345-9 Physical and Biological Hazards of Lunar Dust and Their Impact on Habitat and Space Suit Design

Thursday, 9 October 2008: 10:00 AM
George R. Brown Convention Center, 310AD
Bonnie L. Cooper1, David S. McKay2, John T. James3, William T. Wallace4, Lawrence A. Taylor5 and Chiu-Wing Lam3, (1)Astromaterials Research and Engineering Science, NASA Lyndon B. Johnson Space Center/Oceaneering Space Systems, Houston, TX
(2)Astromaterials Research and Engineering Science, NASA Lyndon B. Johnson Space Center, Houston, TX
(3)Toxicology Research Department, NASA Lyndon B. Johnson Space Center, Houston, TX
(4)Universities Space Research Association, Houston, TX
(5)University of Tennessee at Knoxville, Knoxville, TN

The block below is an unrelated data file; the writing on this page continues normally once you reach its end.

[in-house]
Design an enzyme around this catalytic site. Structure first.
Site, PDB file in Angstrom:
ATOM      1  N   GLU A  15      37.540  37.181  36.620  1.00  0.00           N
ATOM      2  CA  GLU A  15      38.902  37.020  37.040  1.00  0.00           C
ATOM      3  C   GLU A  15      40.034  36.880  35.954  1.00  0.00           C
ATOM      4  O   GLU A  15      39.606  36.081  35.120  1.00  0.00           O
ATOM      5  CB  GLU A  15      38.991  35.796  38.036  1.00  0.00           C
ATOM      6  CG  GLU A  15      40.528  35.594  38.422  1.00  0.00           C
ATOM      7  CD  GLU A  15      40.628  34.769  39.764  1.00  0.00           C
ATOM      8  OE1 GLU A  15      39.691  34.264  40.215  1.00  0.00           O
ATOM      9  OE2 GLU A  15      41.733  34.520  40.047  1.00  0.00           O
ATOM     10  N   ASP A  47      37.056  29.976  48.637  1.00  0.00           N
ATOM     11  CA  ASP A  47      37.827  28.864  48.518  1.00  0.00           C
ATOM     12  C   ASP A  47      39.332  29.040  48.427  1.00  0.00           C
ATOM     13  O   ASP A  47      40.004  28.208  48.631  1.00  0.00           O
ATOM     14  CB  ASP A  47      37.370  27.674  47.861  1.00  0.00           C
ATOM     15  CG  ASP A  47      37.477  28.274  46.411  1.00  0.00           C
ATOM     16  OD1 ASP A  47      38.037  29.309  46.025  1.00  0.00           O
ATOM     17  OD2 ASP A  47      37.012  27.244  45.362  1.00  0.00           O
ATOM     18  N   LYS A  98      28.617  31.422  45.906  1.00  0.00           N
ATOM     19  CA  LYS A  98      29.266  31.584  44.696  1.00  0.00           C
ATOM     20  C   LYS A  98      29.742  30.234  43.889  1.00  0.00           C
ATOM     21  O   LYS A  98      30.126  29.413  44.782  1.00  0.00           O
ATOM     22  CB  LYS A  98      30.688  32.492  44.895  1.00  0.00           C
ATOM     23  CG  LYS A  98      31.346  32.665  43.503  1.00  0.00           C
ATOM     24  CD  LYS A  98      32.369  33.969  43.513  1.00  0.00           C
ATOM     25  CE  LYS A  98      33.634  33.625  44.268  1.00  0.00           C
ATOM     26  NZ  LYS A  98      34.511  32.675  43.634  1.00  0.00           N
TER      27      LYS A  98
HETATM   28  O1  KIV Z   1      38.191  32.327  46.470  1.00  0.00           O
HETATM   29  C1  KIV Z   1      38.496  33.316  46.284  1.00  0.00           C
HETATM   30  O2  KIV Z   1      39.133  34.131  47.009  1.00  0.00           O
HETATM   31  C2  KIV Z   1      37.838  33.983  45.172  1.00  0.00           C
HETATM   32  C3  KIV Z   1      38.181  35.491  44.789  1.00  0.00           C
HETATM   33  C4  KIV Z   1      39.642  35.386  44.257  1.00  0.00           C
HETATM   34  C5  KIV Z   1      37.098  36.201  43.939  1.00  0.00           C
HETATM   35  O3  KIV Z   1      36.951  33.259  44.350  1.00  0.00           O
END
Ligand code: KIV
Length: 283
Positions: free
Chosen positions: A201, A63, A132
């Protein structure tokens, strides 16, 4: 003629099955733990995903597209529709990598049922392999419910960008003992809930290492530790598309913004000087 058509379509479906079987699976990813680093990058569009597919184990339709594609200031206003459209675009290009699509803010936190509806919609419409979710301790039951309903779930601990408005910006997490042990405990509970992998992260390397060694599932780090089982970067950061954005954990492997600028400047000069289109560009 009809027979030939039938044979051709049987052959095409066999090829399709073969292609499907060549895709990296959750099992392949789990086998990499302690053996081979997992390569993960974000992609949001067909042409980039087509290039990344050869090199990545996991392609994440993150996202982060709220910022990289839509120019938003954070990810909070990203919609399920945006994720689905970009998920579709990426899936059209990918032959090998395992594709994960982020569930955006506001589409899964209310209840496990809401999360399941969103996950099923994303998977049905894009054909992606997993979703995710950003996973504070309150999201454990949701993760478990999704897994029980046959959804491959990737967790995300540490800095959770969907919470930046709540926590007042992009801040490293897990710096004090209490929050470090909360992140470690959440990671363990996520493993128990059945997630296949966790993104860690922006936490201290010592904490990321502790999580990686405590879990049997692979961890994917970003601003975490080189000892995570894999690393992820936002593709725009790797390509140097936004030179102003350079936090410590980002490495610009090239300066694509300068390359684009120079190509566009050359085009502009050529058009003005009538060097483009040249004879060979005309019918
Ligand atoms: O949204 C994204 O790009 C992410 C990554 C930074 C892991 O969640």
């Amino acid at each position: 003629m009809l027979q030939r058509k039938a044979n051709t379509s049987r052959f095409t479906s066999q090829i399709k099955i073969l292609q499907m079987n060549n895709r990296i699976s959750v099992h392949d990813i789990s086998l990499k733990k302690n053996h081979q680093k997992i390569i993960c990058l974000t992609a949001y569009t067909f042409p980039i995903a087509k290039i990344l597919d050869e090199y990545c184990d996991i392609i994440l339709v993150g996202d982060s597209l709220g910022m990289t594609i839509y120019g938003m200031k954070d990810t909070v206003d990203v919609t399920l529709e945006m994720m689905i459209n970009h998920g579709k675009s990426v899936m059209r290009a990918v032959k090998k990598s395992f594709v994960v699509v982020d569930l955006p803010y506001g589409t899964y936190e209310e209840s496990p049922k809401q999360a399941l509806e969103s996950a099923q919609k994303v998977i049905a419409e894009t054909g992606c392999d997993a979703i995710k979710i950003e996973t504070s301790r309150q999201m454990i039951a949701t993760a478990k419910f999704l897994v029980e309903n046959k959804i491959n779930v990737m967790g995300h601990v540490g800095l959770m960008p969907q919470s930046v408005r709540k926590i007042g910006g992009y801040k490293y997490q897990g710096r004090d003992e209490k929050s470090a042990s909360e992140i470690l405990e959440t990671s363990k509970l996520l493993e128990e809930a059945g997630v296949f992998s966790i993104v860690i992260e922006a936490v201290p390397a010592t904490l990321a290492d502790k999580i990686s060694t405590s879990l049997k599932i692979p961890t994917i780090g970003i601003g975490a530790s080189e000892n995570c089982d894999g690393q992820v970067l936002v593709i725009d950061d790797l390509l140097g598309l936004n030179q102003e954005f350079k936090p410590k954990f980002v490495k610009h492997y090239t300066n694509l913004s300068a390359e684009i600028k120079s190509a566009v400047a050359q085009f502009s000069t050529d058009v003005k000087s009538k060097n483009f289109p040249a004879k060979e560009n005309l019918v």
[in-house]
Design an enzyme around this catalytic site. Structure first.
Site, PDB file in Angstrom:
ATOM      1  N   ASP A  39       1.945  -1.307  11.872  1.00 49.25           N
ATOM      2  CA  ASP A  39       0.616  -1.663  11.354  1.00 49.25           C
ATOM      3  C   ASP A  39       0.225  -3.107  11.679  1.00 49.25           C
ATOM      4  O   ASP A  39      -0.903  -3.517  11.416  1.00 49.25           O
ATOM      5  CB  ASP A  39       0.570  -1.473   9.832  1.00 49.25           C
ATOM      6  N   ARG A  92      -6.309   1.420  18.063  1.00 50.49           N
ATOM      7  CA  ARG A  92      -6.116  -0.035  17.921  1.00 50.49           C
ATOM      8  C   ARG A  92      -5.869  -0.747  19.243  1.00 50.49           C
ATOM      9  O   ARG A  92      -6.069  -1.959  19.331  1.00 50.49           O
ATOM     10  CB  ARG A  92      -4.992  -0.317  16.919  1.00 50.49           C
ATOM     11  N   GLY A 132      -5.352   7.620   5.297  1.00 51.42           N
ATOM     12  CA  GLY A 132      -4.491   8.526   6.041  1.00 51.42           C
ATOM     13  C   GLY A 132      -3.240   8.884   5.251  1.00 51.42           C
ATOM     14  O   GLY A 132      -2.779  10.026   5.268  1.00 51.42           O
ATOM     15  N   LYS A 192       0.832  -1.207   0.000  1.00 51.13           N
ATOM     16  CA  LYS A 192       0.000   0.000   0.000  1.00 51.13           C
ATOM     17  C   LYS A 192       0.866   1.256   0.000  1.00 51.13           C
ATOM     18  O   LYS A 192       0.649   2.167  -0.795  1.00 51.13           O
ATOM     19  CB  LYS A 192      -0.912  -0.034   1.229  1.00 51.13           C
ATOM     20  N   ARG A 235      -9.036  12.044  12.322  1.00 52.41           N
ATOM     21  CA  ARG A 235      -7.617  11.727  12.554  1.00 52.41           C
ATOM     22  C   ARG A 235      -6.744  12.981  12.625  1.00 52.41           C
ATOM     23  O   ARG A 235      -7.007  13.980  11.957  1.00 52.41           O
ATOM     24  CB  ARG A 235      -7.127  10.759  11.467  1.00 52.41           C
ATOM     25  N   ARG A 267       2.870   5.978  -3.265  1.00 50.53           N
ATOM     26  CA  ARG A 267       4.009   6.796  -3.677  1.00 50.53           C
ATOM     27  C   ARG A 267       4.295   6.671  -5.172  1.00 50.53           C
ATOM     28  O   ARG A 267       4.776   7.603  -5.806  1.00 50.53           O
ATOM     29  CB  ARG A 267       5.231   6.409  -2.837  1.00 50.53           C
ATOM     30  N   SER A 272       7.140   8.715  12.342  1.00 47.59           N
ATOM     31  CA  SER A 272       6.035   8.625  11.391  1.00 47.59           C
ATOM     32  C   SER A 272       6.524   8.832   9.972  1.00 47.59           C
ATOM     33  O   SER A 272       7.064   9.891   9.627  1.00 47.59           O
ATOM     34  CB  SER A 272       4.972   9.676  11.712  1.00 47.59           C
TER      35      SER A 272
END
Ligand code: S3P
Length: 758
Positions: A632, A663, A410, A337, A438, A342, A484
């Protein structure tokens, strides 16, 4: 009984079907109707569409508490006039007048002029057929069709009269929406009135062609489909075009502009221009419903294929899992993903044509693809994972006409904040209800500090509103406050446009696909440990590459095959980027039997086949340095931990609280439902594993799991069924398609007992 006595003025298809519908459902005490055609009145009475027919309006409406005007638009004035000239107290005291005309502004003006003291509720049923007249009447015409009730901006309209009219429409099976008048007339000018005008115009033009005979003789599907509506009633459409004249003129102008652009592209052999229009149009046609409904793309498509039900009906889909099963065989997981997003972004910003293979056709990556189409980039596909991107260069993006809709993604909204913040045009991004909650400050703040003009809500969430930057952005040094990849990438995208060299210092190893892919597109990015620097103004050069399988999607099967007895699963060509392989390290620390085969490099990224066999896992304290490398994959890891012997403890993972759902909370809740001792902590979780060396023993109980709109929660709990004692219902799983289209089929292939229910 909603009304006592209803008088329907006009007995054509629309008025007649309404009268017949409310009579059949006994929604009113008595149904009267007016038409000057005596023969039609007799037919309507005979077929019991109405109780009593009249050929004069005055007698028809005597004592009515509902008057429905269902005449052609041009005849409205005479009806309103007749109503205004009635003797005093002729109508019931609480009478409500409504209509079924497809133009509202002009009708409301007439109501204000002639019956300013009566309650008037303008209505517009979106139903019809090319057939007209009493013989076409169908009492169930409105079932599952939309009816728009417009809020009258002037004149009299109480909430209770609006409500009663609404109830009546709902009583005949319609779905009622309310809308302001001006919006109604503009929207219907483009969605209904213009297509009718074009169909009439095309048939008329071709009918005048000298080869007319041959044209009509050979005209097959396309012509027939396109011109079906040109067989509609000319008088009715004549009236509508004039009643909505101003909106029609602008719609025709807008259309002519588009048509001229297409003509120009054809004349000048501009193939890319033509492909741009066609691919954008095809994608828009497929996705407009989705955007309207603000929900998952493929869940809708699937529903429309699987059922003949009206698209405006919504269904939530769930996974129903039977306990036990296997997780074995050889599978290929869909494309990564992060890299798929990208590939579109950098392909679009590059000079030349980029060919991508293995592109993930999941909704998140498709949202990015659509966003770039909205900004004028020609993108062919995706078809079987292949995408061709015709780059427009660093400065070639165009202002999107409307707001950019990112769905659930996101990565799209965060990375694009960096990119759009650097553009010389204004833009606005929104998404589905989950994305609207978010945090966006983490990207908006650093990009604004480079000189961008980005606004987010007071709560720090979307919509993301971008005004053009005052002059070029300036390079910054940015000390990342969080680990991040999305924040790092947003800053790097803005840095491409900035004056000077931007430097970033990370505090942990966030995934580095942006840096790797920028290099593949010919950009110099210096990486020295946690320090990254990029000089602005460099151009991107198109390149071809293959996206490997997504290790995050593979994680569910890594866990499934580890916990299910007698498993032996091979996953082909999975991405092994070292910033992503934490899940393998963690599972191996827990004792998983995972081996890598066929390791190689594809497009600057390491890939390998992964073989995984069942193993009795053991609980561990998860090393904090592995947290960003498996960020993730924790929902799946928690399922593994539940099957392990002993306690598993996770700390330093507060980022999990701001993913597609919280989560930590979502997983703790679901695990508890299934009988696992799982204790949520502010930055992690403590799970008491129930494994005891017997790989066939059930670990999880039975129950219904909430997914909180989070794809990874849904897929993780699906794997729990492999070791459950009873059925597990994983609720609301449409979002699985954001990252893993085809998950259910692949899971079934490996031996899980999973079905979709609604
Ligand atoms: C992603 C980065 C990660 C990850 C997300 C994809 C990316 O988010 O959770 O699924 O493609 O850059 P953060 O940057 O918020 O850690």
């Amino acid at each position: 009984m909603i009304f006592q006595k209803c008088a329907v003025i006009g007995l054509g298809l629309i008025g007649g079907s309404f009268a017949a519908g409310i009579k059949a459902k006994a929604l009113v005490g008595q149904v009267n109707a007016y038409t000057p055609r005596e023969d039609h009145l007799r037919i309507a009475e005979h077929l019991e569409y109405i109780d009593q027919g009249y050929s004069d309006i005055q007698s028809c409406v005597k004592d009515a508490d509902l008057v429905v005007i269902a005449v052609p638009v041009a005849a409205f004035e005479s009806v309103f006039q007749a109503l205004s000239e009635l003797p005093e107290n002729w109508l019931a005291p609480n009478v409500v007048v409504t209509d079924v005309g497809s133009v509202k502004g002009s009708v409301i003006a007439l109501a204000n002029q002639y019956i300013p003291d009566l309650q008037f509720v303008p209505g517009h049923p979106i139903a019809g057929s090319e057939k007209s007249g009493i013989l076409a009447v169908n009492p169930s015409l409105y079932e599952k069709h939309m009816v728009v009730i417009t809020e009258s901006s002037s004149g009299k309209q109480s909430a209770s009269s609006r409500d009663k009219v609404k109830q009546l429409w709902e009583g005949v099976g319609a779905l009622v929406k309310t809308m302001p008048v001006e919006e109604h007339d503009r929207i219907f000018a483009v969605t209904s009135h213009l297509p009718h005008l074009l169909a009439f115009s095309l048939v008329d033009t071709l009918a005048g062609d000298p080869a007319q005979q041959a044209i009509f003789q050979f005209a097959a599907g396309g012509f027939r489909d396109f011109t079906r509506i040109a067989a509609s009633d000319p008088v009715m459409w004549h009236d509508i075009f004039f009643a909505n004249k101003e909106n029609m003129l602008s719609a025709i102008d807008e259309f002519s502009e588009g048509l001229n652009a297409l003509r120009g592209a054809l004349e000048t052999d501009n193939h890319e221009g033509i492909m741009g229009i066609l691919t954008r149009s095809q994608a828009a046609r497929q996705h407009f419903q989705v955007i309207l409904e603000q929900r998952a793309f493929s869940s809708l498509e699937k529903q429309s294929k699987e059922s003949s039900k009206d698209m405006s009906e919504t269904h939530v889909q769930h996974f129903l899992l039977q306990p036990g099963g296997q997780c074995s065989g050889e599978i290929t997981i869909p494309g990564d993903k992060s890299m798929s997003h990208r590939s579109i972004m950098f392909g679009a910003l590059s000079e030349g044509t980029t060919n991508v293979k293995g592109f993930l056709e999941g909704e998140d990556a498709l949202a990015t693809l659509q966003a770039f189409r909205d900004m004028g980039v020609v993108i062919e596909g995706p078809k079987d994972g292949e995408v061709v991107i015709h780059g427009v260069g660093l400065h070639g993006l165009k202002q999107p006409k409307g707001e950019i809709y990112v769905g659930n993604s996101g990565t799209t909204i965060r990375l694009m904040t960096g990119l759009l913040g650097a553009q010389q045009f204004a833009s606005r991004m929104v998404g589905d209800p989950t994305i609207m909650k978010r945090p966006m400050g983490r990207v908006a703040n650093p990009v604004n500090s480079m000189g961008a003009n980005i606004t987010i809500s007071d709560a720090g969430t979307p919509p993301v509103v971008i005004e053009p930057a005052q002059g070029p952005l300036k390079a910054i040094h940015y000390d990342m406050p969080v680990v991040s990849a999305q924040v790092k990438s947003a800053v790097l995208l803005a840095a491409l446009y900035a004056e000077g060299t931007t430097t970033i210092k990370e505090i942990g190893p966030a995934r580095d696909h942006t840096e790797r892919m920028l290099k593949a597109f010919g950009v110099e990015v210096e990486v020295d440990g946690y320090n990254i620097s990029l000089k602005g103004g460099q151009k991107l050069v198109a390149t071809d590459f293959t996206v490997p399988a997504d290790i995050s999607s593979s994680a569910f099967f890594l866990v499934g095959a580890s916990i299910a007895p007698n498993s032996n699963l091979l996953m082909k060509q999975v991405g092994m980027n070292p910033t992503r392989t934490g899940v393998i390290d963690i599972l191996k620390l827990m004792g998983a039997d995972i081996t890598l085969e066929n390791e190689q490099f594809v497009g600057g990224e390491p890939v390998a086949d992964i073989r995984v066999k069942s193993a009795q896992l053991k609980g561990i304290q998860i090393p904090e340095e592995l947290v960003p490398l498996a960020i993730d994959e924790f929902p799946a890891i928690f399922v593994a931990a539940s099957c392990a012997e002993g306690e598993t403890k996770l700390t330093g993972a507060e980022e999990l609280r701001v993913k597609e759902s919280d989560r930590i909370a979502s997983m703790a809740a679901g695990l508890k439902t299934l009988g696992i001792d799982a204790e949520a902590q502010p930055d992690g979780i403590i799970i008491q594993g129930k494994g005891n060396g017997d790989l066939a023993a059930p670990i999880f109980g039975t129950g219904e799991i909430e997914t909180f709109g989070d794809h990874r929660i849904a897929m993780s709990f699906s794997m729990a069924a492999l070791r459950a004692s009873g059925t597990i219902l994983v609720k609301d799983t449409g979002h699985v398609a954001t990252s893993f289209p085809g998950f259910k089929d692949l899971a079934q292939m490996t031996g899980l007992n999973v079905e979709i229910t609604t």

Lunar dust is highly abrasive because of the space environment in which it formed. On Earth, while dust is a nuisance, it does not adhere to surfaces to the same extent as lunar dust, which is devoid of water and thus capable of significant electrostatic charging. Lunar dust and soil grains are irregularly shaped and stick to fabric more tenaciously than would terrestrial dust. Lunar dust may be hazardous to people when it finds its way inside space suits or into crew living quarters. The finest fraction of lunar soil, less than three micrometers in diameter, can lodge in the lungs when inhaled. Preliminary studies suggest that the inhalation of lunar dust may pose a non-negligible health hazard. The Apollo crews were only exposed for a few days at most, but future crews may be exposed for weeks or months. The nanophase iron in lunar dust may also pose a health hazard, because the reduced metallic iron present in most glassy particles and on mineral grain surfaces can be dissolved in the lungs and then move into the bloodstream, possibly reaching toxic levels. An airlock, suit lock, or mud-room is crucial for reducing the amount of dust to which crewmembers are exposed. Moreover, air filters within habitable areas should be designed to capture particles that are less than 3 microns in size. The air quality within space suits as well as in the vehicle or habitat should be monitored and managed in order to minimize risk to humans of lung diseases or blood poisoning from excess iron. Suit designers must be cognizant of the difficulties of removing lunar dust from traditional fabrics using brushes or other ordinary methods, and they must have a good understanding of the way that lunar dust can affect bearings and seals in space suits.
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